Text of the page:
There were always challenges, but we enjoyed them because we started so young. It seems like a very quick trajectory starting from our last record, Freak, in 2017 to now. It’s been a gradual upward slope, and everything we do turns into something positive, so we feel very lucky. Before that, it was a lot of years of rejections and people telling us what we should be doing, that we’re not doing this or that right, DIY touring ourselves, sleeping in the van in Walmart parking lots and eating McDonald’s every day. A lot of people say artists blow up out of nowhere, but they don’t see the years before that. It was a struggle, but we enjoyed it all because it was fun. You’re there with your best friends, you’re on the road, you eat and shit together… It was definitely a long process to get to this point, but it’s all worth it so far.
You’re the first African American female metal guitarist featured in the mainstream alternative media, grabbing front covers all over the place. Shouldn’t that bridge have been crossed a long time ago? Why do you think we’re only correcting this gap in 2021?
I’m in the middle of the argument because when someone told me that I was the first, I was like, “How is that even real or possible?” But at the same time, sometimes I can’t help but ask myself if I was meant to be that person. It’s a really weird spot to be in, and I’m super grateful to be able to be that person and to lead that charge. I don’t feel like this is horrible or this should’ve happened a long time ago, while it should have and it could have. I’m still very grateful for that opportunity.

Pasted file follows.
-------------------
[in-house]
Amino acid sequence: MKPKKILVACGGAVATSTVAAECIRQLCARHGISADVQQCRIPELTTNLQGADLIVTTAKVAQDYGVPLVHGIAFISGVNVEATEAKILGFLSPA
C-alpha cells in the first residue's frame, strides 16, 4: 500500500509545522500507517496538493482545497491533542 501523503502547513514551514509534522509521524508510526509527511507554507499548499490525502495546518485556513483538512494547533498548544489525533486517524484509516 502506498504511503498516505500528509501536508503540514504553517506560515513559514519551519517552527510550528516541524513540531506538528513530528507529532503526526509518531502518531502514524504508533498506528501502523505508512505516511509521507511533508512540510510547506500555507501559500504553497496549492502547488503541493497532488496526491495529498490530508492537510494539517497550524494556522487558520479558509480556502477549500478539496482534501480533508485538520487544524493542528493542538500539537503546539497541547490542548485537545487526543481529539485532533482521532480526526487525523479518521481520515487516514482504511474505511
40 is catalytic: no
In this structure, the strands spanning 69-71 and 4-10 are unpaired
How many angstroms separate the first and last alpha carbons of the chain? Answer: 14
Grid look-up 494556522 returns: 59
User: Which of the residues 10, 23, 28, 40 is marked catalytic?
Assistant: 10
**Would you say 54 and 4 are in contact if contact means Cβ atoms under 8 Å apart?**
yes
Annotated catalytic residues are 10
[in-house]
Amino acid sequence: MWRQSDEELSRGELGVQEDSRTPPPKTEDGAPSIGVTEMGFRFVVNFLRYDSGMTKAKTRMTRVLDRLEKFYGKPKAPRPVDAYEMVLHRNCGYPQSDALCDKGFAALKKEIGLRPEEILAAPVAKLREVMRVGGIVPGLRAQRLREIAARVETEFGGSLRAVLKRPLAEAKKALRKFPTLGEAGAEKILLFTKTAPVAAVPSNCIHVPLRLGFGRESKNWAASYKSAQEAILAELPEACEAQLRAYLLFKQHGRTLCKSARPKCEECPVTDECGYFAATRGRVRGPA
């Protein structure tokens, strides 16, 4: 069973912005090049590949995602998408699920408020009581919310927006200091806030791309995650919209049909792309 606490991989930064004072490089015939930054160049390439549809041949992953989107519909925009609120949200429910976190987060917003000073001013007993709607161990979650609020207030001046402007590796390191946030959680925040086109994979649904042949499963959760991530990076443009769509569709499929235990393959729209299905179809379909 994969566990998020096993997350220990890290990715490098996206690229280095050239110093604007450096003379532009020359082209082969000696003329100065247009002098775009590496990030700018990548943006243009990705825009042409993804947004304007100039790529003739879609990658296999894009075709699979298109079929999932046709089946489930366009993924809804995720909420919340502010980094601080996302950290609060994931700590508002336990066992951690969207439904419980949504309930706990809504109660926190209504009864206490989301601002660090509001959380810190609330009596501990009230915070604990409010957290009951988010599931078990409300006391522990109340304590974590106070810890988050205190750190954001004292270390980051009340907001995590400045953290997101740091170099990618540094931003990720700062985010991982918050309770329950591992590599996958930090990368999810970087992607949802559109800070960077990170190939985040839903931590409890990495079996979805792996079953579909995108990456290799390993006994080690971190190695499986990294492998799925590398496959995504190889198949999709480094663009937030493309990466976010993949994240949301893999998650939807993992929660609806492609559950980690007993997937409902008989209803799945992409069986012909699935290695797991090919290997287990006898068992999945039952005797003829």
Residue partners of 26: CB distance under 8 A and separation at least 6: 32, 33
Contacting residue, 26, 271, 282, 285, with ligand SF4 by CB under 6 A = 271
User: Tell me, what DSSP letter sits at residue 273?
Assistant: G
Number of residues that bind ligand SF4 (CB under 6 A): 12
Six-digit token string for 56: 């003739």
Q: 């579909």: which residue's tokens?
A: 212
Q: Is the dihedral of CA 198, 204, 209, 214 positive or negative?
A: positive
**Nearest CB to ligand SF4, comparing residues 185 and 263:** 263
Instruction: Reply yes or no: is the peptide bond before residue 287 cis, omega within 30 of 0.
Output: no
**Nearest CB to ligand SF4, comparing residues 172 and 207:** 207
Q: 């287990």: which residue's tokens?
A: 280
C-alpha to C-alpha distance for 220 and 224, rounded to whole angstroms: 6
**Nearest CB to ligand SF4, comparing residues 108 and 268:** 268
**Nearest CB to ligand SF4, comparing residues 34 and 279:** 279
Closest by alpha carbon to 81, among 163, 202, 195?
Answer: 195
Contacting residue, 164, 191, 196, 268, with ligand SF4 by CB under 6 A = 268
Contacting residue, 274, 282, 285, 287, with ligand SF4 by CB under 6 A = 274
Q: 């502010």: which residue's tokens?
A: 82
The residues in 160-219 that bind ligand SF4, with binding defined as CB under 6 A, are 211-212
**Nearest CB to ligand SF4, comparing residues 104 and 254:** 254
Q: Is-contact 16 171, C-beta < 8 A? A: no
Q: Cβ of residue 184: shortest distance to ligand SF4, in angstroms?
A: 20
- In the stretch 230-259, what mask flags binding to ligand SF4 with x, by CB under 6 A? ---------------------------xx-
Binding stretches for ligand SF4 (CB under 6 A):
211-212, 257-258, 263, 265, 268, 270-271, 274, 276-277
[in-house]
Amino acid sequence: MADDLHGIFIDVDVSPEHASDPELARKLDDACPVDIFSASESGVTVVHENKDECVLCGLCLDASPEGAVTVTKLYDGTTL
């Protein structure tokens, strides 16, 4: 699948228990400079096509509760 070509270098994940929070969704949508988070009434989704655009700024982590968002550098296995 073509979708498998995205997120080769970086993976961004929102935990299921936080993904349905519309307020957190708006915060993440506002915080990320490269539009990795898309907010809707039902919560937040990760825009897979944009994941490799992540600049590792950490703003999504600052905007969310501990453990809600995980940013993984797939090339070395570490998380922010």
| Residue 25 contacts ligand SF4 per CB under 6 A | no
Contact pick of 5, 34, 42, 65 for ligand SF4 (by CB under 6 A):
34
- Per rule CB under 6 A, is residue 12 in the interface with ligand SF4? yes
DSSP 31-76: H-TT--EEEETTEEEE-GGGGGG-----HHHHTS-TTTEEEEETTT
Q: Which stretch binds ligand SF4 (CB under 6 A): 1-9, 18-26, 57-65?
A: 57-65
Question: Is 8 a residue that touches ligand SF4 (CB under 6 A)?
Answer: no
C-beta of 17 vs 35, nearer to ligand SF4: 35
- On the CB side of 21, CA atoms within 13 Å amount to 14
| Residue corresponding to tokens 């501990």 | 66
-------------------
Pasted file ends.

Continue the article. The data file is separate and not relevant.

You’re leading that movement with Tetrarch’s second album, Unstable. What’s changed musically since Freak in 2017?
We started out as a straight metalcore band, and when we started writing Freak, for some reason, we were writing these different influences coming in—really creepy, skin-crawling guitar sounds and different tempos. More groove and not just fast, thrash-y stuff. We had some stuff that was heavy, some stuff that was more melodic and creepy, but that was just naturally what was coming out as we were writing. We were nervous, wondering if we should even put these things on the record because it’s so different [from] anything we’ve ever done. We did it, and we saw that people really dug it, and it resonated with people. So when writing Unstable, having that experience before gave us the confidence to go, “Hey, now we can jump right in headfirst with all this stuff.” We can do this 100%, and we know we enjoyed it, and we know our fans enjoyed it last time, so we don’t have to be nervous about it. It gave us the strength to go all-in while writing this record, so we really accomplished pretty much everything we were trying to.
The second album is usually a worrying challenge to bands looking to raise the bar from the debut. Did that concern you at all with Unstable?
We gained so much confidence between the last album and this one that it strangely doesn’t feel like we have those worries. Most people are worried about how they’re going to top the first record, but from the first single from this album, “I’m Not Right,” and going into the second, “You Never Listen,” we already talked about a lot of the stuff we did on Freak. It gave us a little bit of comfort because we’re starting off in a good spot, so we should be all right.
You can read the full interview in the debut Alternative Press Power Issue: Women Rising, available here.